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Simple Buttered Pencil Cob Grits

Quick-cooking Pencil Cob grits say “corn” more persuasively than any grits we produce.

About 4 cups


25 minutes following an overnight soak; 45 minutes without an overnight soak


The archetypal 100 percent Southern dent corn, Pencil Cob is an old frontier and famous whiskey corn that has hung on to its popularity and reputation among farmers and bootleggers over the centuries. Grown on the frontier because it was hardy and easily harvested, Pencil Cob corn produces more kernels per ear (an 18- to 30-row count of long, meaty kernels!) than most dent corns. Easy to mill and quick to hydrate because the kernels are so soft, milled Pencil Cob cooks differently and with less heat than other dents. Pencil Cob grits express themselves in the language of sweet, roasted, and creamed corn flavors.

Cooking Remarks

It would be remiss of us not to mention that Anson Mills grits benefit enormously from soaking overnight in water before being cooked. Not only is the cooking time shorter for soaked versus unsoaked grits, but the finished texture is also superior because the corn particles experience less trauma during cooking and better hold their shape.

Because Pencil Cob grits are so soft, we cook them uncovered. They neither like nor need high heat.

equipment mise en place

For this recipe, you will need a medium heavy-bottomed saucepan (ideally, one with gently flared sides called a Windsor saucepan), a small saucepan, a fine tea strainer, and a wooden spoon.


    Place the grits in a medium heavy-bottomed saucepan (preferably a Windsor saucepan) and cover them with 2 cups water. Stir once. Allow the grits to settle a full minute, tilt the pan, and skim off and discard the chaff and hulls with a fine tea strainer. Cover and let the grits soak overnight at room temperature. If you are not soaking the grits, proceed directly to the next step.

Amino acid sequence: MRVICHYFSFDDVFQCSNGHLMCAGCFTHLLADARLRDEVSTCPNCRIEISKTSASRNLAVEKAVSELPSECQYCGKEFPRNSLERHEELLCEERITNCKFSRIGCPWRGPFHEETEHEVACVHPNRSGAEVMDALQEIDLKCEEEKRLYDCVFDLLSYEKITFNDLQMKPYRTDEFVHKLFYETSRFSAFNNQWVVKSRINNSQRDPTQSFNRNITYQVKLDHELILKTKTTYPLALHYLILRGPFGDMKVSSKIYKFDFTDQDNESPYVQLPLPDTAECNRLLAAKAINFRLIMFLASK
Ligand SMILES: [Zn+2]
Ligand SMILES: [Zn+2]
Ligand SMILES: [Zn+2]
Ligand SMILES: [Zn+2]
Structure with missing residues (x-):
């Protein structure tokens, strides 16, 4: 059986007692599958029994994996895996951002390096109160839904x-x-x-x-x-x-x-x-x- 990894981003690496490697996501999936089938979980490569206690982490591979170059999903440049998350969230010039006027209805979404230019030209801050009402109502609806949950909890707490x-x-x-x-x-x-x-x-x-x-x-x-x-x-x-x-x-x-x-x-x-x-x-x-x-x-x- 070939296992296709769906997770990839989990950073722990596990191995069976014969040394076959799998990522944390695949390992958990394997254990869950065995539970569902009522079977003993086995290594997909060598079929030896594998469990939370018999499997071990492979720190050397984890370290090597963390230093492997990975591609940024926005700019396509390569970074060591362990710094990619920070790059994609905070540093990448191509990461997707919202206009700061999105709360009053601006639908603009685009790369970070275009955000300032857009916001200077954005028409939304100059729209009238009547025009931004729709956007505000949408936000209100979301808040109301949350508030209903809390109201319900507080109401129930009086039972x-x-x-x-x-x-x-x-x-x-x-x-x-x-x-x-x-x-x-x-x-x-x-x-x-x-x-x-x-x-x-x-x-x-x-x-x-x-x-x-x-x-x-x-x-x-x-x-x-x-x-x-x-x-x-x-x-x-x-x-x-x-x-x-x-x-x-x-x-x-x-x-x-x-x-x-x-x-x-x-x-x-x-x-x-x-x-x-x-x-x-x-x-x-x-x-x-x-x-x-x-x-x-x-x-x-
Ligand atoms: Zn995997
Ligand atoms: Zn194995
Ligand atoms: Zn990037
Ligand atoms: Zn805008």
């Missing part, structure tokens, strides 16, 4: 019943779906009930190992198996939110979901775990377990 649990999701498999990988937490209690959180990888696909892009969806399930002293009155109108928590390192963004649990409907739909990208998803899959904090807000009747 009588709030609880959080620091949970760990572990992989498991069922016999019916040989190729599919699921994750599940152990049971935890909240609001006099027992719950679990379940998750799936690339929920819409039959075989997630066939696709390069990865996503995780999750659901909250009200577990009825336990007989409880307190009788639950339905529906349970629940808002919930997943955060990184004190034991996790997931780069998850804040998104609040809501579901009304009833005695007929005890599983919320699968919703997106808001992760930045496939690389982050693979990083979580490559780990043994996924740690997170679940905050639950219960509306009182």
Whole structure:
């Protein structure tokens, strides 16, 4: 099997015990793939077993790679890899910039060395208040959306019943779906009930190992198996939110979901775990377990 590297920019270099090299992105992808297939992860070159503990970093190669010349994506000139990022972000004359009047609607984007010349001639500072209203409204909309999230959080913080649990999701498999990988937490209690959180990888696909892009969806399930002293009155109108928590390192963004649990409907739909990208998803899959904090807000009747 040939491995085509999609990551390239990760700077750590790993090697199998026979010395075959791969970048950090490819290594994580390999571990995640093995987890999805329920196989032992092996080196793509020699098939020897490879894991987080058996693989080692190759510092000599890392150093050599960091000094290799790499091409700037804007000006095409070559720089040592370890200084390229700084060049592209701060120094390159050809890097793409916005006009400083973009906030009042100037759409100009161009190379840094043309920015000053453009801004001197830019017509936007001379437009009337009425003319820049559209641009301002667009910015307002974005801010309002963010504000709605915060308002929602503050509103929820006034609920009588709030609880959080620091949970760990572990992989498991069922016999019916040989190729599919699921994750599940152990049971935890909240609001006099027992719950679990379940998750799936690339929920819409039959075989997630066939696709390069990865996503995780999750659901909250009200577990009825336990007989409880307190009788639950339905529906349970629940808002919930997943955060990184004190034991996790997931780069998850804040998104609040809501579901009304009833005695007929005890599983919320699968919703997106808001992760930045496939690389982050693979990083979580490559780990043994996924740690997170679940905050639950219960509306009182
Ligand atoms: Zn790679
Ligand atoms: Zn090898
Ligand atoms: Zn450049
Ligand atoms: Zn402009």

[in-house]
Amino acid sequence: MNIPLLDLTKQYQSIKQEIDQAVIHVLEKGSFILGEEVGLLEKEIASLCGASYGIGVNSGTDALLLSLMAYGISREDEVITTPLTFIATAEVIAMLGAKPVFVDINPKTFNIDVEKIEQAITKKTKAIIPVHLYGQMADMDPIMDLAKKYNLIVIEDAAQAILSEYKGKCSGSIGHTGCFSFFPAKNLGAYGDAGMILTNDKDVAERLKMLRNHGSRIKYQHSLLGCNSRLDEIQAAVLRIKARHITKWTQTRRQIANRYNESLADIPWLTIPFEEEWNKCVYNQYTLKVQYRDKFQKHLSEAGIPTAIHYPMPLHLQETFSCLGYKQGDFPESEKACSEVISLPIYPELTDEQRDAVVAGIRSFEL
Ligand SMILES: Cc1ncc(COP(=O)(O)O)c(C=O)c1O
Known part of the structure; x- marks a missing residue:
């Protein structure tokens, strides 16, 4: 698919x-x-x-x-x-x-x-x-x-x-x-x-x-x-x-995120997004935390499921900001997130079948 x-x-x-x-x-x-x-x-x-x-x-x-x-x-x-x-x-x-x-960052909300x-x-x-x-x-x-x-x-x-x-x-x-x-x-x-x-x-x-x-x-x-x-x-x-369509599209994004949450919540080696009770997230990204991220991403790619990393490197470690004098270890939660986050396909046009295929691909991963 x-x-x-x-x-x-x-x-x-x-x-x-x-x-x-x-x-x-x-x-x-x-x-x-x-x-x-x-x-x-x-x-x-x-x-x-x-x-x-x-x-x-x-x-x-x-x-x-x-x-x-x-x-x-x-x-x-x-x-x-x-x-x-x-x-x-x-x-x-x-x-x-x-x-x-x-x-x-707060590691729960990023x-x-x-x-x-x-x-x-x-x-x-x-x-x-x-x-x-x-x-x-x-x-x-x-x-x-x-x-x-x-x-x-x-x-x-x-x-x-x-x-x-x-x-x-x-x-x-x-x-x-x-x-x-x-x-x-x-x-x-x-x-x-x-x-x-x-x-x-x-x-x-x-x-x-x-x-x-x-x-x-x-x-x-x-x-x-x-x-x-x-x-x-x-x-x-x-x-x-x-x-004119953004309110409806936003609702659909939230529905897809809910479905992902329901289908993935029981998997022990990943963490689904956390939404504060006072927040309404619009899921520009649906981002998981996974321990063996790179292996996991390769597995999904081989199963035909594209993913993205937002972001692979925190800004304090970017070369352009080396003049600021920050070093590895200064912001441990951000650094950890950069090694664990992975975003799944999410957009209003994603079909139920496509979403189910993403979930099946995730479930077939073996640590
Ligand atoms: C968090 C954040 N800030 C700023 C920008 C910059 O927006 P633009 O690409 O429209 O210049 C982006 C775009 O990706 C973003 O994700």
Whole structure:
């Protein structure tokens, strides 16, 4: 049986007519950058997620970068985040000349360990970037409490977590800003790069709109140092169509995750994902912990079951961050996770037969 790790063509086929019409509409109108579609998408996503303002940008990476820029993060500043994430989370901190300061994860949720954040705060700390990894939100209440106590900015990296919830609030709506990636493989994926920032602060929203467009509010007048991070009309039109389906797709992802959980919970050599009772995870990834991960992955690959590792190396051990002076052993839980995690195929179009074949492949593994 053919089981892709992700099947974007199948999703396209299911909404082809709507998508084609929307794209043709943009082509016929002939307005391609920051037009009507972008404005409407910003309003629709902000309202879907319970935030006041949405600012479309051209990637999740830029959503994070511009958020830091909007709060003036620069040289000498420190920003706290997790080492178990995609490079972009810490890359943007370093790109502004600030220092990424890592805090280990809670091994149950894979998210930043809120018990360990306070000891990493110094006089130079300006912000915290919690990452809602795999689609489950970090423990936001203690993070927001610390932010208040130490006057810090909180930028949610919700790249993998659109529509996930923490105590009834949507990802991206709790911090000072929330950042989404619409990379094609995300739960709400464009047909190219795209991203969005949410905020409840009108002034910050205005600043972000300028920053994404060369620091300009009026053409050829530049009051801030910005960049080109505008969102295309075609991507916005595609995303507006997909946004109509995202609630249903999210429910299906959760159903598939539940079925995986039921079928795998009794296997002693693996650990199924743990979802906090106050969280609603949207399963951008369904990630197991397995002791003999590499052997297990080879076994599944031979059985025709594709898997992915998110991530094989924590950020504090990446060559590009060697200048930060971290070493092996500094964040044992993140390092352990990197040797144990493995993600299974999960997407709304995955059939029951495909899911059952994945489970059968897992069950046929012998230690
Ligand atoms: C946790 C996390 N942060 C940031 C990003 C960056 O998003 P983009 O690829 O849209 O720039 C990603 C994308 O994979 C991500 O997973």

Set the saucepan over medium heat and bring the mixture to a simmer, stirring constantly with a wooden spoon, until the first starch takes hold, 5 to 8 minutes. Reduce the heat to the lowest possible setting. Meanwhile, heat 2 cups of water in a small saucepan and keep hot. Watch the grits carefully as they cook. Each time you find them thick enough to hold the spoon upright, stir in about ¼ cup hot water, adding a total of about ¾ cup water (or more) in 3 additions. Cook until the grits are creamy and tender throughout, but not mushy, and hold their shape on a spoon, about 25 minutes if the grits were soaked or about 45 minutes if they weren’t. Add 1 teaspoon of salt halfway through the cooking time. To finish, stir in the butter with vigorous strokes. Add more salt, if desired, and the pepper.